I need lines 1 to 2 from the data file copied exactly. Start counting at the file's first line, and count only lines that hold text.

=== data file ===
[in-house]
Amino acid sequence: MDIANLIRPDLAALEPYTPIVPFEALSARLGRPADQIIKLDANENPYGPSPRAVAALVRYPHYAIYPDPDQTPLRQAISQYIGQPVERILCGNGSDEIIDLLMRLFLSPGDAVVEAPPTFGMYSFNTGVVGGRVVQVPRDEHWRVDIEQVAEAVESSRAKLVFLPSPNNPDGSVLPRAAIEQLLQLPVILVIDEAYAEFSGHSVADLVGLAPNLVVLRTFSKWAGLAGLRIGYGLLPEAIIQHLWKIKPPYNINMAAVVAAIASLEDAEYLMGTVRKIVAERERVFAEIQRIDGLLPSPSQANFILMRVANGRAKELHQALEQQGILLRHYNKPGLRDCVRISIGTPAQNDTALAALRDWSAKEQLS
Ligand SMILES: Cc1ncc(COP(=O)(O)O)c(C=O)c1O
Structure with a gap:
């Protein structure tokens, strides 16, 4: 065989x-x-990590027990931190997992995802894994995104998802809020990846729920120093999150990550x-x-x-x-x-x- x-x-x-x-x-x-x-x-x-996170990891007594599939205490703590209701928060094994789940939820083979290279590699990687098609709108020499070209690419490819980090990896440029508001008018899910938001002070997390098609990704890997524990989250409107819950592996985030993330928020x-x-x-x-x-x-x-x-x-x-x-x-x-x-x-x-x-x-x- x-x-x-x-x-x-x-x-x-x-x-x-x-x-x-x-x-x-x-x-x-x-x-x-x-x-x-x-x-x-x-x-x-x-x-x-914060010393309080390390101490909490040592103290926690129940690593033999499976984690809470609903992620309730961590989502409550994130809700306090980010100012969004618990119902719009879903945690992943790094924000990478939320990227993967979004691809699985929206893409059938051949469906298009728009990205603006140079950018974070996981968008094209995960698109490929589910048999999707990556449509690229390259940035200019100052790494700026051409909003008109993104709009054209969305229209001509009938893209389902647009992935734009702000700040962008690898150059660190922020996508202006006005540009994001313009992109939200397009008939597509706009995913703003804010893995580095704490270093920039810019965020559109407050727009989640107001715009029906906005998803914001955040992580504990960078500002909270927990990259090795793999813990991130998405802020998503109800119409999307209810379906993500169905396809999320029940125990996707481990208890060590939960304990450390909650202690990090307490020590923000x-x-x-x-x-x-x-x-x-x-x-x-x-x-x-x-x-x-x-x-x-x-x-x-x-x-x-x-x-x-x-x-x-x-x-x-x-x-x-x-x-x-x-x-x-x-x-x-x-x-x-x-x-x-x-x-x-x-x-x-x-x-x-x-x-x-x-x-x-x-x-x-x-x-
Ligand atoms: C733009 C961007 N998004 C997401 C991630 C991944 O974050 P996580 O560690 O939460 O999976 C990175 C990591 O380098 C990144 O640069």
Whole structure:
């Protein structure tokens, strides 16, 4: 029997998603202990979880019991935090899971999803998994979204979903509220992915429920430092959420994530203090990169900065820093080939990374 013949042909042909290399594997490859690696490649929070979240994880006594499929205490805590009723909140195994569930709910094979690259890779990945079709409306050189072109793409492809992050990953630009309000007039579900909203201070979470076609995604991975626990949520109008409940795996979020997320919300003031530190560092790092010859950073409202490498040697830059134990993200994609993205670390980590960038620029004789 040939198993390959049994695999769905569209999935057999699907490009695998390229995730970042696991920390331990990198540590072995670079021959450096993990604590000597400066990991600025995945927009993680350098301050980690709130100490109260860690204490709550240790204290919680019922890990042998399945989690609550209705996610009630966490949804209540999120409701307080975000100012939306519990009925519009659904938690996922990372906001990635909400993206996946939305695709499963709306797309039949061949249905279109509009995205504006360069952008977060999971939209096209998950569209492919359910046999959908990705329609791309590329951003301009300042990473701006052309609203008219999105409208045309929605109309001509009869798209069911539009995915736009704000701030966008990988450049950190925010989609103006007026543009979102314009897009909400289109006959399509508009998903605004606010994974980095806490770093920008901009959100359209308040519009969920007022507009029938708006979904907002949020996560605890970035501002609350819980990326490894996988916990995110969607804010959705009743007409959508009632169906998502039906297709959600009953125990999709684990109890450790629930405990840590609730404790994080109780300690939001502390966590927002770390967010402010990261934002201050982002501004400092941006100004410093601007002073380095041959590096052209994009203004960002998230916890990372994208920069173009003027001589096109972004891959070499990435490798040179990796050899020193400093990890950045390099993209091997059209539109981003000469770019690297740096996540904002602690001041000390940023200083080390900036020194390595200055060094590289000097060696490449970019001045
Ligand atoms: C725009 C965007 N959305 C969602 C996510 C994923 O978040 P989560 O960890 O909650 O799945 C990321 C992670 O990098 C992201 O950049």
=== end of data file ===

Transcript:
[in-house]
Amino acid sequence: MDIANLIRPDLAALEPYTPIVPFEALSARLGRPADQIIKLDANENPYGPSPRAVAALVRYPHYAIYPDPDQTPLRQAISQYIGQPVERILCGNGSDEIIDLLMRLFLSPGDAVVEAPPTFGMYSFNTGVVGGRVVQVPRDEHWRVDIEQVAEAVESSRAKLVFLPSPNNPDGSVLPRAAIEQLLQLPVILVIDEAYAEFSGHSVADLVGLAPNLVVLRTFSKWAGLAGLRIGYGLLPEAIIQHLWKIKPPYNINMAAVVAAIASLEDAEYLMGTVRKIVAERERVFAEIQRIDGLLPSPSQANFILMRVANGRAKELHQALEQQGILLRHYNKPGLRDCVRISIGTPAQNDTALAALRDWSAKEQLS